The European Commission has found a €8 billion Austrian scheme to compensate companies for damages related to the coronavirus outbreak to be in line with EU State aid rules.
Executive Vice-President Margrethe Vestager, in charge of competition policy, said: “This €8 billion scheme enables Austria to compensate businesses of all sectors at least in part for the damages suffered due to the coronavirus outbreak. We are working closely with Member States to find workable solutions to support companies in these difficult times, in line with EU rules.”
Under the scheme, undertakings will be entitled to compensation for certain damages suffered as result of the coronavirus outbreak. As notified by Austria, the compensation, in the form of direct grants, can cover a maximum of 75% of fixed costs incurred during a limited period of three months, with a maximum amount of €90 million per group.
The Commission assessed the measure under Article 107(2)(b) of the Treaty on the Functioning of the European Union (TFEU), which enables the Commission to approve State aid measures granted by Member States to compensate specific companies or sectors for damage directly caused by exceptional occurrences.
The Commission considers that the coronavirus outbreak qualifies as such an exceptional occurrence, as it is an extraordinary, unforeseeable event having a significant economic impact. As a result, exceptional interventions by the Member States to compensate for the damages linked to the outbreak are justified.
The Commission found that the Austrian aid scheme will compensate damages that are directly linked to the coronavirus outbreak. It also found that the measure is proportionate, as the envisaged compensation does not exceed what is necessary to make good the damage.
The Commission therefore concluded that the scheme is in line with EU State aid rules.
Financial support from EU or national funds granted to health services or other public services to tackle the coronavirus situation falls outside the scope of State aid control. The same applies to any public financial support given directly to citizens. Similarly, public support measures that are available to all companies such as for example wage subsidies and suspension of payments of corporate and value added taxes or social contributions do not fall under State aid control and do not require the Commission’s approval under EU State aid rules. In all these cases, Member States can act immediately.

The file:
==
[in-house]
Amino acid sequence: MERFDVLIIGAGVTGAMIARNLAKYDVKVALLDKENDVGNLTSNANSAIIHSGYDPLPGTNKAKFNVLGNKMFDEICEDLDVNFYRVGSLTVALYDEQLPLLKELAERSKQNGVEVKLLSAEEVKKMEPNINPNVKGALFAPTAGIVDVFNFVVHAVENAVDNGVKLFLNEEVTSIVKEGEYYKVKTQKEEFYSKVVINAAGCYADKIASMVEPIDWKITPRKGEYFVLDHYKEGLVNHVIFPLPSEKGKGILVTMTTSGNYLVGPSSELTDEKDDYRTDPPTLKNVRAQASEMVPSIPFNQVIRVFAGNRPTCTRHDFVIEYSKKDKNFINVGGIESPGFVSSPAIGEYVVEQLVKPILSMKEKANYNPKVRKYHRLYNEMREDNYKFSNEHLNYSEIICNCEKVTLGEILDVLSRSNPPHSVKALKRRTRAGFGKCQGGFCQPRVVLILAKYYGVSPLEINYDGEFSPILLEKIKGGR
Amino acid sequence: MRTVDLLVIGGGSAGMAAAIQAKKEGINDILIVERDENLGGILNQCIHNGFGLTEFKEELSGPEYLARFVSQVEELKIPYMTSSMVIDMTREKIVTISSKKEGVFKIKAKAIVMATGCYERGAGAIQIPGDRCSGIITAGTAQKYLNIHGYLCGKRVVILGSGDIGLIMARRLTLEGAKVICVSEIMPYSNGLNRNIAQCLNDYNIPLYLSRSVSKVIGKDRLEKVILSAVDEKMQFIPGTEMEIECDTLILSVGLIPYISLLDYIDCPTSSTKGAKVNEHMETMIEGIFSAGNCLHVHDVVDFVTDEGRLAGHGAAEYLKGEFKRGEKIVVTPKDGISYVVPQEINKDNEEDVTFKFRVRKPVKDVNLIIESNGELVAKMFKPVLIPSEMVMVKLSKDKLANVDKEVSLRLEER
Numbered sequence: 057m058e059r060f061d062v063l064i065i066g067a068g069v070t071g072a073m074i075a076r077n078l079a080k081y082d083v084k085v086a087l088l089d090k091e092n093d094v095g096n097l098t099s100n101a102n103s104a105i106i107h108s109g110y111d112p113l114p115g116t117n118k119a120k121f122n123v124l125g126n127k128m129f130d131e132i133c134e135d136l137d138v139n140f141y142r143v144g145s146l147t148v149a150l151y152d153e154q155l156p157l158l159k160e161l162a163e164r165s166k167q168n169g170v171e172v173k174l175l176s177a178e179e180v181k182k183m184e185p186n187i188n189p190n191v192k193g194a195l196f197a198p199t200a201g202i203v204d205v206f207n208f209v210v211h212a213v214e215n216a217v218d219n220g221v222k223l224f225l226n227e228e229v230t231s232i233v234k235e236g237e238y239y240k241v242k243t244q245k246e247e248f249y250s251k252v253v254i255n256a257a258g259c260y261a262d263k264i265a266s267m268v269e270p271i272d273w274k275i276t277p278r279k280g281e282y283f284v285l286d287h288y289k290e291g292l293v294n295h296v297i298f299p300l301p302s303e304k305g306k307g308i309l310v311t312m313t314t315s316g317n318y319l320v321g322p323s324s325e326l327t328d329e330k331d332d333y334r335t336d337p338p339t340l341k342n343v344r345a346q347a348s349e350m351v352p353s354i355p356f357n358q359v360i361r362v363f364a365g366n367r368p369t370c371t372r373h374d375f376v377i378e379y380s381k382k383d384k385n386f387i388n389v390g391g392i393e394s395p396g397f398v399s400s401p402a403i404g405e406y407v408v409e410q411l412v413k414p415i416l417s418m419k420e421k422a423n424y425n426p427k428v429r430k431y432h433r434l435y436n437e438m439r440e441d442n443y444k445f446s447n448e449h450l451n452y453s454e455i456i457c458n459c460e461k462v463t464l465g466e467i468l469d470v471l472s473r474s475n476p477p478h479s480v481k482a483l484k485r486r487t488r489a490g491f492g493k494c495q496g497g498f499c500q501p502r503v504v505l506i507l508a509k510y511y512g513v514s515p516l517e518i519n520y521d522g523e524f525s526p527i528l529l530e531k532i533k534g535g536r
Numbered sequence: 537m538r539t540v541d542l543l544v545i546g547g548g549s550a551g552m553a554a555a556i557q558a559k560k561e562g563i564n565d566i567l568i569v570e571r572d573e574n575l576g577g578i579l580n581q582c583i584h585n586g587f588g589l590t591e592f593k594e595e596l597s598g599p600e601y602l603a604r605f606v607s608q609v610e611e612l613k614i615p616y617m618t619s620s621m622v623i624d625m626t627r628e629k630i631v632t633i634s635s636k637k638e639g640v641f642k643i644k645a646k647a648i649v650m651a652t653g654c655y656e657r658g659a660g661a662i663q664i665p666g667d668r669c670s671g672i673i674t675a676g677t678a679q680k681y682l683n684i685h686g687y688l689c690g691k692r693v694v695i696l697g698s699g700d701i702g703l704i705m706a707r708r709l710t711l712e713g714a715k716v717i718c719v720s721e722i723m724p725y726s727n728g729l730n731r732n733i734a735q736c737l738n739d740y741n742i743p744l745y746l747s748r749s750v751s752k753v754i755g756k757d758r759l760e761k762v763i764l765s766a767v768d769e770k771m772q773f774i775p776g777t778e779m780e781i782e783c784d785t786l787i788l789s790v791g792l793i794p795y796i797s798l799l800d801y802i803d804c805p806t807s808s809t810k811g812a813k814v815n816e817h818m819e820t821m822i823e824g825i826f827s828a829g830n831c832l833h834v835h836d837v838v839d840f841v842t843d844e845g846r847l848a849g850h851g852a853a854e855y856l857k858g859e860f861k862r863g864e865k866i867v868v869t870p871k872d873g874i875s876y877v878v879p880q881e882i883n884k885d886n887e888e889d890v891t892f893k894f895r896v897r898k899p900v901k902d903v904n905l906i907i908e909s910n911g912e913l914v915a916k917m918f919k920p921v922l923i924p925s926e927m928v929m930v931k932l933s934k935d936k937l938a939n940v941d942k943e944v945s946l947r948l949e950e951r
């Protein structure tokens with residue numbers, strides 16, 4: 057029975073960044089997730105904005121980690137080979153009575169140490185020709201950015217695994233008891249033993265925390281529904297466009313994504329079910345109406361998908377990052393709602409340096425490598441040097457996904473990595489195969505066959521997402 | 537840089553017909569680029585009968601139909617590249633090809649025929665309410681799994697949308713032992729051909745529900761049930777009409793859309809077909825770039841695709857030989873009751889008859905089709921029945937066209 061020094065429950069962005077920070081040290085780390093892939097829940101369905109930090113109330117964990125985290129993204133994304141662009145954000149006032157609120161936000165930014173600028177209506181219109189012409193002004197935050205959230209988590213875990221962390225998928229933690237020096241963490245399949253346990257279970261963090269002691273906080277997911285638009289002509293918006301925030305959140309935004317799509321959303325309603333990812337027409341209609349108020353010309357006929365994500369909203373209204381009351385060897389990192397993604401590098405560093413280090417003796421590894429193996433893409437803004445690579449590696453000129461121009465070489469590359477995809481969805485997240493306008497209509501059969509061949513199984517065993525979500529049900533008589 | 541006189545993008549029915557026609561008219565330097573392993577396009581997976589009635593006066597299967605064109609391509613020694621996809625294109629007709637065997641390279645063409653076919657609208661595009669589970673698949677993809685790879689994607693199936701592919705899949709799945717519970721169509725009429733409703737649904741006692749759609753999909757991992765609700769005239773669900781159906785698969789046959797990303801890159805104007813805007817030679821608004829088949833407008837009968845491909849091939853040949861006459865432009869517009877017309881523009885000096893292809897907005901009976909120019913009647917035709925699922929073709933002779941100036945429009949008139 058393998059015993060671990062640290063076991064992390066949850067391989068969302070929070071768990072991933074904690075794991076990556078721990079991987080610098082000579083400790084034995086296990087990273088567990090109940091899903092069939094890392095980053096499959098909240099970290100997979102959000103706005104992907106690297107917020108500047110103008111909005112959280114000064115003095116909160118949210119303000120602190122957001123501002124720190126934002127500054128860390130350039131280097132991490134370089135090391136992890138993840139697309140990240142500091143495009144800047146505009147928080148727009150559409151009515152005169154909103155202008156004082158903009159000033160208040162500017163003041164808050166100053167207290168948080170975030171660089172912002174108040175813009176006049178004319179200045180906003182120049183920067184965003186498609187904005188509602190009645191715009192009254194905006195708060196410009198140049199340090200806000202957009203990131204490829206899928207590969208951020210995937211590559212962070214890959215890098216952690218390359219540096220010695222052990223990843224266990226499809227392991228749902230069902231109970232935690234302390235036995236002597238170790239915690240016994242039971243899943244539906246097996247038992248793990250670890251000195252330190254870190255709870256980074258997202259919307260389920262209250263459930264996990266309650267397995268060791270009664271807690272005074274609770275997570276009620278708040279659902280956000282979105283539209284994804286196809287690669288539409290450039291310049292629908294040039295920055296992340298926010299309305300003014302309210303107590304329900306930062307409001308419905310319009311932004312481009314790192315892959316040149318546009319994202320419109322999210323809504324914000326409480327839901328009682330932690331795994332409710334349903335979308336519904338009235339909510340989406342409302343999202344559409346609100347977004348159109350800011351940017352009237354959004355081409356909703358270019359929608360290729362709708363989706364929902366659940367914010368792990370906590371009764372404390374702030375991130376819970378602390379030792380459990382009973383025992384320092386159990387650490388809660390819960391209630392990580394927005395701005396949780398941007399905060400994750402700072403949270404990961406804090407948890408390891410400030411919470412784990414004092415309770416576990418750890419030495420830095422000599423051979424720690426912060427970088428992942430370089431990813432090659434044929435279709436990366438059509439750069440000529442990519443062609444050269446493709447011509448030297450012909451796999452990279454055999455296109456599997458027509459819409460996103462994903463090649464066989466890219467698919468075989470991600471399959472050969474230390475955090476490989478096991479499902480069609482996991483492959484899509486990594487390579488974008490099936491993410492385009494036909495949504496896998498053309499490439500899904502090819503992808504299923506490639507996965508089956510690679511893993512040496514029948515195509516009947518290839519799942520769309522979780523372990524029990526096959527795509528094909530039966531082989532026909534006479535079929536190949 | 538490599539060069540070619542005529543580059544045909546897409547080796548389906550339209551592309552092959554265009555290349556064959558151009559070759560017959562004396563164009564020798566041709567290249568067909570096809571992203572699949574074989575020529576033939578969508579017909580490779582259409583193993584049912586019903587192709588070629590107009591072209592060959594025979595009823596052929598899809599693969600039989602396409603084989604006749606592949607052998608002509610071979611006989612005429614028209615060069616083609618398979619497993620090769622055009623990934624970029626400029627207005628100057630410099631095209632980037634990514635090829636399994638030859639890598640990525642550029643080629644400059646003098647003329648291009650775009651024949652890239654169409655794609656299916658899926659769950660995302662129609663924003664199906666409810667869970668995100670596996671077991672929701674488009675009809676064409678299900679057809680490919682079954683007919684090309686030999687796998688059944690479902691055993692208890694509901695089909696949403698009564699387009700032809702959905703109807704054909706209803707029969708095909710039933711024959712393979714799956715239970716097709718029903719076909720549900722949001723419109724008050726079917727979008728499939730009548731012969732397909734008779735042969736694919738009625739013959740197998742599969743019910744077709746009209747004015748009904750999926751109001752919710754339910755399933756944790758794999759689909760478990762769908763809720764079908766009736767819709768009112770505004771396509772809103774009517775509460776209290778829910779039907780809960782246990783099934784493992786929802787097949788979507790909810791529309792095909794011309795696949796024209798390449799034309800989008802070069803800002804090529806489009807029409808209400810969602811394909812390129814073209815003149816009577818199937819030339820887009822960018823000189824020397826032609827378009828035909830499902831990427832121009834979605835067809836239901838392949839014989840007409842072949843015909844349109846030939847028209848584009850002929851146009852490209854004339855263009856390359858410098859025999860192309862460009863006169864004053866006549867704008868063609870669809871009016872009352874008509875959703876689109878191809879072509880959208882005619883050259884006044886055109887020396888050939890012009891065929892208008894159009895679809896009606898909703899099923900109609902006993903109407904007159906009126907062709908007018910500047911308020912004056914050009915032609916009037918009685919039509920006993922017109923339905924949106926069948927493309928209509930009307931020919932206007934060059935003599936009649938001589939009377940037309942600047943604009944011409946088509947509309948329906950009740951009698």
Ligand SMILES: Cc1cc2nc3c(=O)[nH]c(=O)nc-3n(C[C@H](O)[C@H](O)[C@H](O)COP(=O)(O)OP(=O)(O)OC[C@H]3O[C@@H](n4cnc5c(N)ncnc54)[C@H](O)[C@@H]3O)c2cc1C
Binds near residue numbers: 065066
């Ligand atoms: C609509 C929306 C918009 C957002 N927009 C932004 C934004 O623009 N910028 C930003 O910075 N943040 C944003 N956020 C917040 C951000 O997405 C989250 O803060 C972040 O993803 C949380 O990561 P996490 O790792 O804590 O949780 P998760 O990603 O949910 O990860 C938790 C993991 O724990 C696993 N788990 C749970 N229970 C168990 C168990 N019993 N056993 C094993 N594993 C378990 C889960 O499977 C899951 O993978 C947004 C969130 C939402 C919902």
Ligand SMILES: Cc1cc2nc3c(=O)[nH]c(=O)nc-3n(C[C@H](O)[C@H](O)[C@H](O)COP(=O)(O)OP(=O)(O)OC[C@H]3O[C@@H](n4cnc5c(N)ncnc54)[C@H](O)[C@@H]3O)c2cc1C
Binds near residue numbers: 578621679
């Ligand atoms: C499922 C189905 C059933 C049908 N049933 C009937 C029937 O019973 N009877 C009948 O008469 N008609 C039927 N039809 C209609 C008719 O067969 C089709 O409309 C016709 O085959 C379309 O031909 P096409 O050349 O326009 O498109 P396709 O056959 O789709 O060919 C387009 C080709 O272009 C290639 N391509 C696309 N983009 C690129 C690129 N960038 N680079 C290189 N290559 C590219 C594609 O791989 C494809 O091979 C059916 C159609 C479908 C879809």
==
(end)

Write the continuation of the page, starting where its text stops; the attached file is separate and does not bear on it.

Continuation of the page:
When State aid rules are applicable, Member States can design ample aid measures to support specific companies or sectors suffering from the consequences of the coronavirus outbreak in line with the existing EU State aid framework. On 13 March 2020, the Commission adopted a Communication on a Coordinated economic response to the COVID-19 outbreak setting out these possibilities.
In this respect, for example:
Member States can compensate specific companies or specific sectors (in the form of schemes) for the damage suffered due and directly caused by exceptional occurrences, such as those caused by the coronavirus outbreak. This is foreseen by Article 107(2)(b)TFEU. State aid rules based on Article 107(3)(c) TFEU enable Member States to help companies cope with liquidity shortages and needing urgent rescue aid. This can be complemented by a variety of additional measures, such as under the de minimis Regulation and the General Block Exemption Regulation, which can also be put in place by Member States immediately, without involvement of the Commission.
In addition to the existing possibilities already foreseen by existing EU State aid rules, on 19 March 2020, the Commission adopted a State aid Temporary Framework to enable Member States to use the full flexibility foreseen under State aid rules to support the economy in the context of the coronavirus outbreak. It was amended on 3 April and 8 May 2020.
The Temporary Framework, based on Article 107(3)(b) TFEU, recognises that the entire EU economy is experiencing a serious disturbance. To remedy that, the Temporary Framework provides for the following types of aid: (i) Direct grants, selective tax advantages and advance payments; (ii) State guarantees for loans taken by companies from banks; (iii) Subsidised public loans to companies (senior and subordinated debt); (iv) Safeguards for banks that channel State aid to the real economy; (v) Public short-term export credit insurance; (vi) Support for coronavirus related research and development (R&D); (vii) Support for the construction and upscaling of testing facilities; (viii) Support for the production of products relevant to tackle the coronavirus outbreak; (ix) Targeted support in the form of deferral of tax payments and/or suspensions of social security contributions; (x) Targeted support in the form of wage subsidies for employees; (xi) Targeted recapitalisation aid to non-financial companies, if no other appropriate solution is available..
The Temporary Framework will be in place until the end of December 2020. As solvency issues may materialise only at a later stage as this crisis evolves, for recapitalisation measures only the Commission has extended this period until the end of June 2021. With a view to ensuring legal certainty, the Commission will assess before that date if it needs to be extended.